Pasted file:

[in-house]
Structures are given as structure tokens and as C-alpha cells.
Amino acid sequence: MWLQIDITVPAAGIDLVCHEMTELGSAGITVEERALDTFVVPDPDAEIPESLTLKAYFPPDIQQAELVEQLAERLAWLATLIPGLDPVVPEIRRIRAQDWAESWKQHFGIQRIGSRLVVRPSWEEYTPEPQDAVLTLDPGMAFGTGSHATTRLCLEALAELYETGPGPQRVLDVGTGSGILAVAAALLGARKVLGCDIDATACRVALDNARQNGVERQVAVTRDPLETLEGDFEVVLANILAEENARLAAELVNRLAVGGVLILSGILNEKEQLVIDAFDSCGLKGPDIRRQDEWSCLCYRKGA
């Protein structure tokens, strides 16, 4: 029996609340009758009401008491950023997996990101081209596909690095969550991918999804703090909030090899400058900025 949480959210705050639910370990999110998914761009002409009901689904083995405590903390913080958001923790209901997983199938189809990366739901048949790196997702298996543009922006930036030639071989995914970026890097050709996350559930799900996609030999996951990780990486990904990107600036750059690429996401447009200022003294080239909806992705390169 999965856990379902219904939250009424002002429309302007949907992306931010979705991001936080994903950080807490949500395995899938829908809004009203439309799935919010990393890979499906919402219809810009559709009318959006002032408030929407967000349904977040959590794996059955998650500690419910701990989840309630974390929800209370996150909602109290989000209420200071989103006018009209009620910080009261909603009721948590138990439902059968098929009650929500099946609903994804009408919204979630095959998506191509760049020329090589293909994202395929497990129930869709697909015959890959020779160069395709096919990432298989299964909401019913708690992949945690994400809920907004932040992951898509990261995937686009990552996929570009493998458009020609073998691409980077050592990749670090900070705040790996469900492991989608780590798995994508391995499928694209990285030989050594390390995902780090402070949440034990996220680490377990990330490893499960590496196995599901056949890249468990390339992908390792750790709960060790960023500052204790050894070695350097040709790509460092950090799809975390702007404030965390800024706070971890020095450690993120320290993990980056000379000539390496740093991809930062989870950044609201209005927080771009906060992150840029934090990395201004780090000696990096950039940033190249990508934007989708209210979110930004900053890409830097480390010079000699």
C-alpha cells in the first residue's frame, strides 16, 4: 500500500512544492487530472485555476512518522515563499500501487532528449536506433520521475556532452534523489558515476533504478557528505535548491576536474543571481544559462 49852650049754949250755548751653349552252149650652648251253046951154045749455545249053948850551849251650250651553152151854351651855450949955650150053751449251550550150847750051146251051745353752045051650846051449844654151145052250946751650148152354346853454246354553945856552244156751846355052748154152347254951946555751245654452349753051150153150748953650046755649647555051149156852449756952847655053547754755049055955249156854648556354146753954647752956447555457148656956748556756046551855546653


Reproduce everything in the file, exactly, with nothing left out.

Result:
[in-house]
Structures are given as structure tokens and as C-alpha cells.
Amino acid sequence: MWLQIDITVPAAGIDLVCHEMTELGSAGITVEERALDTFVVPDPDAEIPESLTLKAYFPPDIQQAELVEQLAERLAWLATLIPGLDPVVPEIRRIRAQDWAESWKQHFGIQRIGSRLVVRPSWEEYTPEPQDAVLTLDPGMAFGTGSHATTRLCLEALAELYETGPGPQRVLDVGTGSGILAVAAALLGARKVLGCDIDATACRVALDNARQNGVERQVAVTRDPLETLEGDFEVVLANILAEENARLAAELVNRLAVGGVLILSGILNEKEQLVIDAFDSCGLKGPDIRRQDEWSCLCYRKGA
């Protein structure tokens, strides 16, 4: 029996609340009758009401008491950023997996990101081209596909690095969550991918999804703090909030090899400058900025 949480959210705050639910370990999110998914761009002409009901689904083995405590903390913080958001923790209901997983199938189809990366739901048949790196997702298996543009922006930036030639071989995914970026890097050709996350559930799900996609030999996951990780990486990904990107600036750059690429996401447009200022003294080239909806992705390169 999965856990379902219904939250009424002002429309302007949907992306931010979705991001936080994903950080807490949500395995899938829908809004009203439309799935919010990393890979499906919402219809810009559709009318959006002032408030929407967000349904977040959590794996059955998650500690419910701990989840309630974390929800209370996150909602109290989000209420200071989103006018009209009620910080009261909603009721948590138990439902059968098929009650929500099946609903994804009408919204979630095959998506191509760049020329090589293909994202395929497990129930869709697909015959890959020779160069395709096919990432298989299964909401019913708690992949945690994400809920907004932040992951898509990261995937686009990552996929570009493998458009020609073998691409980077050592990749670090900070705040790996469900492991989608780590798995994508391995499928694209990285030989050594390390995902780090402070949440034990996220680490377990990330490893499960590496196995599901056949890249468990390339992908390792750790709960060790960023500052204790050894070695350097040709790509460092950090799809975390702007404030965390800024706070971890020095450690993120320290993990980056000379000539390496740093991809930062989870950044609201209005927080771009906060992150840029934090990395201004780090000696990096950039940033190249990508934007989708209210979110930004900053890409830097480390010079000699």
C-alpha cells in the first residue's frame, strides 16, 4: 500500500512544492487530472485555476512518522515563499500501487532528449536506433520521475556532452534523489558515476533504478557528505535548491576536474543571481544559462 49852650049754949250755548751653349552252149650652648251253046951154045749455545249053948850551849251650250651553152151854351651855450949955650150053751449251550550150847750051146251051745353752045051650846051449844654151145052250946751650148152354346853454246354553945856552244156751846355052748154152347254951946555751245654452349753051150153150748953650046755649647555051149156852449756952847655053547754755049055955249156854648556354146753954647752956447555457148656956748556756046551855546653